Newest Space Tourism Venture To Dangle Travelers From A Helium Balloon

Helium Balloon Space Tourism Flight
Photo: World View Enterprises, Inc

Another day, another space tourism venture announced-but this one caught our attention for being a little different from most. Rather than shooting travelers up in rockets, an American company says it’s planning to dangle space tourists in a capsule attached to a helium balloon.

World View Enterprises will use a helium balloon to slowly lift travelers up to the edge of space as they sit in a luxurious space capsule. After the ride is over, the capsule will detach from the helium balloon and float back down to Earth with the aid of a parachute. While that all sounds a little precarious, the company says balloons like this have been sent into space for decades and the whole process is actually quite low-risk.The helium balloon rides will take travelers up about 20 miles into the sky. Although that’s not technically space, which is around 60 miles up, travelers will still be in for a nice view that includes being able to see the curvature of the earth.

And if space travel has mostly sounded like the domain of the super rich so far, the good news is that the balloon space trip will be somewhat more affordable than the other options that have been proposed. A two-hour journey will set you back about $75,000, which is a fair deal cheaper than Virgin Galactic’s space flights that cost a quarter of a million dollars. Tickets for the World View space flights are expected to go on sale in a few months.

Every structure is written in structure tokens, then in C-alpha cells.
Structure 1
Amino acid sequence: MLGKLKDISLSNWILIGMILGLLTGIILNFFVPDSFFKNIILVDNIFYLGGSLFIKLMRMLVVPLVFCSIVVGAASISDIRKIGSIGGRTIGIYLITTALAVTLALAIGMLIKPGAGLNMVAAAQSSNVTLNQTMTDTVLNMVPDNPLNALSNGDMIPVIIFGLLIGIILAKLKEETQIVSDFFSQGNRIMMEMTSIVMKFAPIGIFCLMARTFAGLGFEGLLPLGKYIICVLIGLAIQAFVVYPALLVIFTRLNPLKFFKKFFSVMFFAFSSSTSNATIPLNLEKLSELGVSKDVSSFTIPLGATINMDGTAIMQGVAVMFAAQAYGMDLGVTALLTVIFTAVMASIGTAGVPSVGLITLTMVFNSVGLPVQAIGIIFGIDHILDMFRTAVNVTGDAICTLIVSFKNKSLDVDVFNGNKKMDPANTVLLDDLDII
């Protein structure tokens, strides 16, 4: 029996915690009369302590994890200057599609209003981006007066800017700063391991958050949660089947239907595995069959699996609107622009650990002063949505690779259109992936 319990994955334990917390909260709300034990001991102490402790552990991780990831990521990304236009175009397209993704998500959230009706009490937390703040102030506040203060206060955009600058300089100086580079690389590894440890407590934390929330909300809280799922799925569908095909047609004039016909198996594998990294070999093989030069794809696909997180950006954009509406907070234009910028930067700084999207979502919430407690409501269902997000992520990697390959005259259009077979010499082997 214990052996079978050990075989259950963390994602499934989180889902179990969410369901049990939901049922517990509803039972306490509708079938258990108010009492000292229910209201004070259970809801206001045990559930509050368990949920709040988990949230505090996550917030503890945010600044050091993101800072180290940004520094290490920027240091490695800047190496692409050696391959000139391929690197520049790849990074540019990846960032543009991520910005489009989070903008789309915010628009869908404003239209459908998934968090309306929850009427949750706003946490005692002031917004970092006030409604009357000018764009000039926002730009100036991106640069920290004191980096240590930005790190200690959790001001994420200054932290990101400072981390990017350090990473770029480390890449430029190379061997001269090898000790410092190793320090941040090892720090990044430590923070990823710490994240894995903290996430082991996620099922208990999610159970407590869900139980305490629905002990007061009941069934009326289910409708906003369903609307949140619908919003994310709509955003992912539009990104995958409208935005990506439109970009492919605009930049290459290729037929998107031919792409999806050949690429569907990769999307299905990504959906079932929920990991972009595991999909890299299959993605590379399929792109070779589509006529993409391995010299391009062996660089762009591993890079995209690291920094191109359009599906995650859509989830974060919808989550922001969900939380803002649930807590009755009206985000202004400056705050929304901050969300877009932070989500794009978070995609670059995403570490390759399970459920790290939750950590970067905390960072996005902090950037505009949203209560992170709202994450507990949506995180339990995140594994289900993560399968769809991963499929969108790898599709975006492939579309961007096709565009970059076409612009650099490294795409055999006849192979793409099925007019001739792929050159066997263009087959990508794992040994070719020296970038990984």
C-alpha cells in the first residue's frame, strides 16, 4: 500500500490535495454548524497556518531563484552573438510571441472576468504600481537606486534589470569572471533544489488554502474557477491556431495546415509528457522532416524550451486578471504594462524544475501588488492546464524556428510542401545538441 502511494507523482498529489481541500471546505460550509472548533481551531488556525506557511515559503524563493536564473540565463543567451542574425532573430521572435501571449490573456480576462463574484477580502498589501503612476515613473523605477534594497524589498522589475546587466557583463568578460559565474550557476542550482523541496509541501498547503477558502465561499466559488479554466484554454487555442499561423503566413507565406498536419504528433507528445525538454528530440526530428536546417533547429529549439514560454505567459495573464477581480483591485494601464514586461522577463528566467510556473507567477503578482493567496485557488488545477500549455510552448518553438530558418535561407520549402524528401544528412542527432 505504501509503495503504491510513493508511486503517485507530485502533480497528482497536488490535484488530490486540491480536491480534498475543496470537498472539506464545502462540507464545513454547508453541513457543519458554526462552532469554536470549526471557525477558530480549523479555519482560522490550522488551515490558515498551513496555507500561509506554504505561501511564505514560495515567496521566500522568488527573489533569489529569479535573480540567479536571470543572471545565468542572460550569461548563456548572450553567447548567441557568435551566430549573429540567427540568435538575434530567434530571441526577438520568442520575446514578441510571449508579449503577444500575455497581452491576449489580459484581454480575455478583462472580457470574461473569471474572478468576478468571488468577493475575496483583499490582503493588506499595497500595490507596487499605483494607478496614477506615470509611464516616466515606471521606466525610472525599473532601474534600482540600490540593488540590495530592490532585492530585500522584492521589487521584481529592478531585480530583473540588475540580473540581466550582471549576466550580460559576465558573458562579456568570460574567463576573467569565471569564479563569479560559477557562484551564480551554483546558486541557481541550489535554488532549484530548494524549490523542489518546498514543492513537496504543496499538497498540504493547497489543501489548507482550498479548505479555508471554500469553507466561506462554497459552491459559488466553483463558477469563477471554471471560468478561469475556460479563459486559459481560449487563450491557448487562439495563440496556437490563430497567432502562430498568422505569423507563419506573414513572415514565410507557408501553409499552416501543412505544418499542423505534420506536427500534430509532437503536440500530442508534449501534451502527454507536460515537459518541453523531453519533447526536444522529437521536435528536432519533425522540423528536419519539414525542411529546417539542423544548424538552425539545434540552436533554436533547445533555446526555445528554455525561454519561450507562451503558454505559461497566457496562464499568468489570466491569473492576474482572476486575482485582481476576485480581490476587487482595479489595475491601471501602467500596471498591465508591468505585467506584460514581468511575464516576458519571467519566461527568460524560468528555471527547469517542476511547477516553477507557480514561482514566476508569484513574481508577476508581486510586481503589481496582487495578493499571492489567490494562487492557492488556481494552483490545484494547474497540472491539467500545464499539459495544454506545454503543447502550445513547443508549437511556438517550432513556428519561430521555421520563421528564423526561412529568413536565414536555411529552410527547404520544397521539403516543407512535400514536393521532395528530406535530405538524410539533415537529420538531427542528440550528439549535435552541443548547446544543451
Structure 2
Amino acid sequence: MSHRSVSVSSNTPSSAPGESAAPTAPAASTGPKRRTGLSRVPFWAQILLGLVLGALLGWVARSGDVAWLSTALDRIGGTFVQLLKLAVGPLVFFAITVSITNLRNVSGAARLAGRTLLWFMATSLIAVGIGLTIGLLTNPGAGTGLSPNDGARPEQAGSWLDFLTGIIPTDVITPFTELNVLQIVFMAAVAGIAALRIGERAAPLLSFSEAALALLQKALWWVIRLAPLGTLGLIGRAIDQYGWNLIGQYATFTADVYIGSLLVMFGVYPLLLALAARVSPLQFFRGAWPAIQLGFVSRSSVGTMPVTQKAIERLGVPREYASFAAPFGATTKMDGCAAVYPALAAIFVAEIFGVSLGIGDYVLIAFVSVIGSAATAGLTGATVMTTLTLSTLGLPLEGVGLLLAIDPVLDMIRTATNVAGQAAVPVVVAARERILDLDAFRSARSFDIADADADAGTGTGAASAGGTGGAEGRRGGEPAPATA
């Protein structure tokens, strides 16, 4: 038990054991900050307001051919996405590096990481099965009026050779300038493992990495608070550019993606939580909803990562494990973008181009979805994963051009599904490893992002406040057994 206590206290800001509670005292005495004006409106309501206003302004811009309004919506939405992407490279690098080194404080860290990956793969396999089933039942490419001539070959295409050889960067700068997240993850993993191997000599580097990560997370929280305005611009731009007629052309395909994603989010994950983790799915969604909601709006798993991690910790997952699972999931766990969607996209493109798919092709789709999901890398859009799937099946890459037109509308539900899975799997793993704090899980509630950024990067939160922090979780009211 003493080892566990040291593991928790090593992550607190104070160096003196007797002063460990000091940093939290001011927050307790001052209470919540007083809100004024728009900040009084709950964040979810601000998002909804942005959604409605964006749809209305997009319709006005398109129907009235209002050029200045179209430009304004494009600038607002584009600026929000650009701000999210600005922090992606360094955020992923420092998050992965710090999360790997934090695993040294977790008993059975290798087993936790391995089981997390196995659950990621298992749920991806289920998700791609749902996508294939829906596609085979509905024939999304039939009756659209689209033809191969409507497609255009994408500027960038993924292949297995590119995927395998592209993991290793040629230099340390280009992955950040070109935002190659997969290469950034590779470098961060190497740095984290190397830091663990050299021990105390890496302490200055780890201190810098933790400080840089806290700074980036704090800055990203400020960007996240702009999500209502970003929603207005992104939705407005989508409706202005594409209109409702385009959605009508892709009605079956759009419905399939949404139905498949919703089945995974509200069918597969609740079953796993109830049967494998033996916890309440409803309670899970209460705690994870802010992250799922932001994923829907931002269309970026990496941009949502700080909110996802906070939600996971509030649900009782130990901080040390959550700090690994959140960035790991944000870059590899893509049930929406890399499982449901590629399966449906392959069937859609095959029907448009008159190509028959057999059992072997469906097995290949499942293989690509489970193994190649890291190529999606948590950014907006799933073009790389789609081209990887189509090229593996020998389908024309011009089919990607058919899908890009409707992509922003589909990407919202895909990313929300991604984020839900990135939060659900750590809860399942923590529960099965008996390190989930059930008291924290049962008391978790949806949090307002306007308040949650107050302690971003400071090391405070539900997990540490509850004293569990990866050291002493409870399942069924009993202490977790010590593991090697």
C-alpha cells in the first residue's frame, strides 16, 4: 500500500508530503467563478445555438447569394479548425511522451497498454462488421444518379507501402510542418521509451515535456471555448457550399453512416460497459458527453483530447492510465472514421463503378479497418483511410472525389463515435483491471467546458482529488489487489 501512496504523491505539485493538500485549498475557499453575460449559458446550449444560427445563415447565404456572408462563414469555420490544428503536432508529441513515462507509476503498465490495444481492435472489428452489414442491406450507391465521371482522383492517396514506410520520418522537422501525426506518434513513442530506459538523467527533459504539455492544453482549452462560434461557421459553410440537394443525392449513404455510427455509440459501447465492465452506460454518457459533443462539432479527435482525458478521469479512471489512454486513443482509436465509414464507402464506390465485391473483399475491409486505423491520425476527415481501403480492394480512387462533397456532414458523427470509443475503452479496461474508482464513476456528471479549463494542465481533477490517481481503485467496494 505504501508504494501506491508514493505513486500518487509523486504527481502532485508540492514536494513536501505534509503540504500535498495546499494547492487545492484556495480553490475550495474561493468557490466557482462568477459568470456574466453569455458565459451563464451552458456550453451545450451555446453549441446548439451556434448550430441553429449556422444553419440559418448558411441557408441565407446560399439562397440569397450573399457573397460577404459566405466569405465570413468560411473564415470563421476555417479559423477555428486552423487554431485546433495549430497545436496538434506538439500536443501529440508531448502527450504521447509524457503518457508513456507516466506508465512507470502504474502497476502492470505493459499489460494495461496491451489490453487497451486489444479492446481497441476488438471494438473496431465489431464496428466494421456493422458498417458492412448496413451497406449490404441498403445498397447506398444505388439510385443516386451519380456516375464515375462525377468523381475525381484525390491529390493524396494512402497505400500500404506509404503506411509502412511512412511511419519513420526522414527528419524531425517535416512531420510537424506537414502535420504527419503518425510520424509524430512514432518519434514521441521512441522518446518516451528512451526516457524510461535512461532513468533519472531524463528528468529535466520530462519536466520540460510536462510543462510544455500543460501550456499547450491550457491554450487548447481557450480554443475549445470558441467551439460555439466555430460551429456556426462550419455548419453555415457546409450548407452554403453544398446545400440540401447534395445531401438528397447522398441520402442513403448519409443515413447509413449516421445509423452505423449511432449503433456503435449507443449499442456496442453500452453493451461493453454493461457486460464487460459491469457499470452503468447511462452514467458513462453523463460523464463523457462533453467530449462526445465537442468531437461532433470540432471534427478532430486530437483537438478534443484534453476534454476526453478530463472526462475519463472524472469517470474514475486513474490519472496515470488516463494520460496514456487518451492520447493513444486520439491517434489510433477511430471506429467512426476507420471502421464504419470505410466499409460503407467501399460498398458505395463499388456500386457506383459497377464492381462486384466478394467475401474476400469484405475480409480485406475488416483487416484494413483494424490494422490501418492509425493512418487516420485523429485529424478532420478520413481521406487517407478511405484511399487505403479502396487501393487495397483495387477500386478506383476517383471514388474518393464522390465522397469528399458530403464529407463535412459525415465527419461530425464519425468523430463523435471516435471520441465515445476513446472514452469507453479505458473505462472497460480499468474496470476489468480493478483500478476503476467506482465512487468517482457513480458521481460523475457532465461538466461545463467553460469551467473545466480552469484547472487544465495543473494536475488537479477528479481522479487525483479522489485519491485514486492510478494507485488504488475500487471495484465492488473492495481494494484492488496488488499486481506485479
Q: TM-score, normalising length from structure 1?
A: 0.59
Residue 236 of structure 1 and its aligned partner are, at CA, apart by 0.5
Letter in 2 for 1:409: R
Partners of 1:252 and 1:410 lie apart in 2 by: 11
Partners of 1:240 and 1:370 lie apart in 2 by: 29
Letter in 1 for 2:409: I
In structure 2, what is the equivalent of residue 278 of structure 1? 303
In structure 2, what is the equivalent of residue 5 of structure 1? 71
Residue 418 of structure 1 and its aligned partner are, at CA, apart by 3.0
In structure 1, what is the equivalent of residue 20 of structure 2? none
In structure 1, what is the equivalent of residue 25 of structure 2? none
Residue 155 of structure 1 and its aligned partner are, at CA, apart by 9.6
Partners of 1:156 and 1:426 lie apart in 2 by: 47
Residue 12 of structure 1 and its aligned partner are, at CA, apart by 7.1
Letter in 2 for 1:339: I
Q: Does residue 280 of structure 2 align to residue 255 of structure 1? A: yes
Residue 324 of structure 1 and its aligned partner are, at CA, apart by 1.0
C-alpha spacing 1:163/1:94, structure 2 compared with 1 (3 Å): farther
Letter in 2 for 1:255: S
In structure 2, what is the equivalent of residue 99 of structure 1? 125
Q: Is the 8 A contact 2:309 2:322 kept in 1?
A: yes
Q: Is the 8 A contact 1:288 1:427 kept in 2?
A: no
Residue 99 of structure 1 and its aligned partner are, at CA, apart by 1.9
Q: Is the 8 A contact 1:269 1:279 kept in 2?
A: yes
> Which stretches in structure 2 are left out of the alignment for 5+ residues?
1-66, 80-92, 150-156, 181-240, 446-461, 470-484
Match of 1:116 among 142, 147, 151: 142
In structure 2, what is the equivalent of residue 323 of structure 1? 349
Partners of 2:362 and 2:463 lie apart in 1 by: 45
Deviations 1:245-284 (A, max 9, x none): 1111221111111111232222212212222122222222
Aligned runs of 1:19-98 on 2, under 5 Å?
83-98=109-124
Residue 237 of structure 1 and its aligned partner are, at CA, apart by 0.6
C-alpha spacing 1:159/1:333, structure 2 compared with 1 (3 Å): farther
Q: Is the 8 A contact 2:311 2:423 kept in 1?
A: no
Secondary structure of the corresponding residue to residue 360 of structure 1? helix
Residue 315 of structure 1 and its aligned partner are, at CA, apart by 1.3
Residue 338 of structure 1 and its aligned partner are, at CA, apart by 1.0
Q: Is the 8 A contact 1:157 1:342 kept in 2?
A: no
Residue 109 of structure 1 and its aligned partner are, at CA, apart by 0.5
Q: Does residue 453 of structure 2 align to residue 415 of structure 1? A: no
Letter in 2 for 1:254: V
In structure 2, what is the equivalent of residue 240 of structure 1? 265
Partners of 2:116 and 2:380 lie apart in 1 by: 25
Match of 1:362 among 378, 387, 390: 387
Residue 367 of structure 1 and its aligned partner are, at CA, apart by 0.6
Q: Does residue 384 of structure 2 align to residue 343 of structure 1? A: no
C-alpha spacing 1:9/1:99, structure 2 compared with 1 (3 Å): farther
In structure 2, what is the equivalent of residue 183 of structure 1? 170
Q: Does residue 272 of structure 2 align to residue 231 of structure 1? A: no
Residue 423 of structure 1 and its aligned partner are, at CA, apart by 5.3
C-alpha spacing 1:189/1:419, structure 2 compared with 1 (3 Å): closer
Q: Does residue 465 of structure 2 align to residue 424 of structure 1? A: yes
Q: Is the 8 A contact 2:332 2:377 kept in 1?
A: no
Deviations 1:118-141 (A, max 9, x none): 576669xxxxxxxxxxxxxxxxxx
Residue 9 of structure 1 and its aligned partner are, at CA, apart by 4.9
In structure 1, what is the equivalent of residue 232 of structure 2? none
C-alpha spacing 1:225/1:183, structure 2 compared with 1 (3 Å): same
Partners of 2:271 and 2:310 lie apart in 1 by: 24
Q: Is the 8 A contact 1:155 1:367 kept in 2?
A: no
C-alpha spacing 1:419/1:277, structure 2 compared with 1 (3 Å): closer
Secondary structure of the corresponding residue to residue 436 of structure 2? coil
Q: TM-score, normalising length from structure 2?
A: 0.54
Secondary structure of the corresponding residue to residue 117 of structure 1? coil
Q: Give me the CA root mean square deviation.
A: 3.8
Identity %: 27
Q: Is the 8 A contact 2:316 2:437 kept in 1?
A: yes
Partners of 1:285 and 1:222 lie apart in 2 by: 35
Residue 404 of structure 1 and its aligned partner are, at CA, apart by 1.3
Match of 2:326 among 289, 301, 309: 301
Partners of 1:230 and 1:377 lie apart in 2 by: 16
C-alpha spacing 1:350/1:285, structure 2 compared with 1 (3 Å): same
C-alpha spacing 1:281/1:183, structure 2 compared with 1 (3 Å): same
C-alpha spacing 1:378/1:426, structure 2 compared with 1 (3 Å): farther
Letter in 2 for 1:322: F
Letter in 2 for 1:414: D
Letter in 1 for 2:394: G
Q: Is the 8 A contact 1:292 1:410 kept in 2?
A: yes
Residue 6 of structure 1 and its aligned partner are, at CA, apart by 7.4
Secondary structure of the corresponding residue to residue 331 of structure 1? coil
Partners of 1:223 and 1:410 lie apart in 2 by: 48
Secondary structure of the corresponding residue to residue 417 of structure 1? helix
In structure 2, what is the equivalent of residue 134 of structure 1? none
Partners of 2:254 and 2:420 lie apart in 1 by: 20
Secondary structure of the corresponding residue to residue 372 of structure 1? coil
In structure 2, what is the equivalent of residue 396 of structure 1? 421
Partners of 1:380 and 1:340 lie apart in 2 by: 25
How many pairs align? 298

Explorer attempts solo balloon flight over North Pole

Explorer Jean-Louis Etienne already has two solo expeditions of the North Pole under his belt. First was his 63 day hike by foot back in 1986. Then in 2002, Etienne drifted alone on the Artic Sea for four months in a specially-designed research pod. Now the determined explorer is planning the third part of his solo Artic exploration “trilogy,” with plans to pilot a helium-air balloon back over the Artic for a 15-20 day adventure.

Using a ship based on the Breitling Orbiter, the first balloon successfully piloted around the world in 1999, Etienne plans to spend his trip raising awareness of the shrinking of the world’s polar ice caps. Along the way the voyager will also be taking a number of scientific measurements, including CO2 levels and readings of the earth’s magnetic field. This is not Etienne’s first attempt to balloon his way across the Arctic. His first try in 2008 ended disastrously when his ship was smashed by high winds.

[UPDATE] Etienne’s journey kicked off earlier this morning, launching from a remote island called Spitzbergen off the Northern Coast of Norway. Let’s wish him luck in his journey.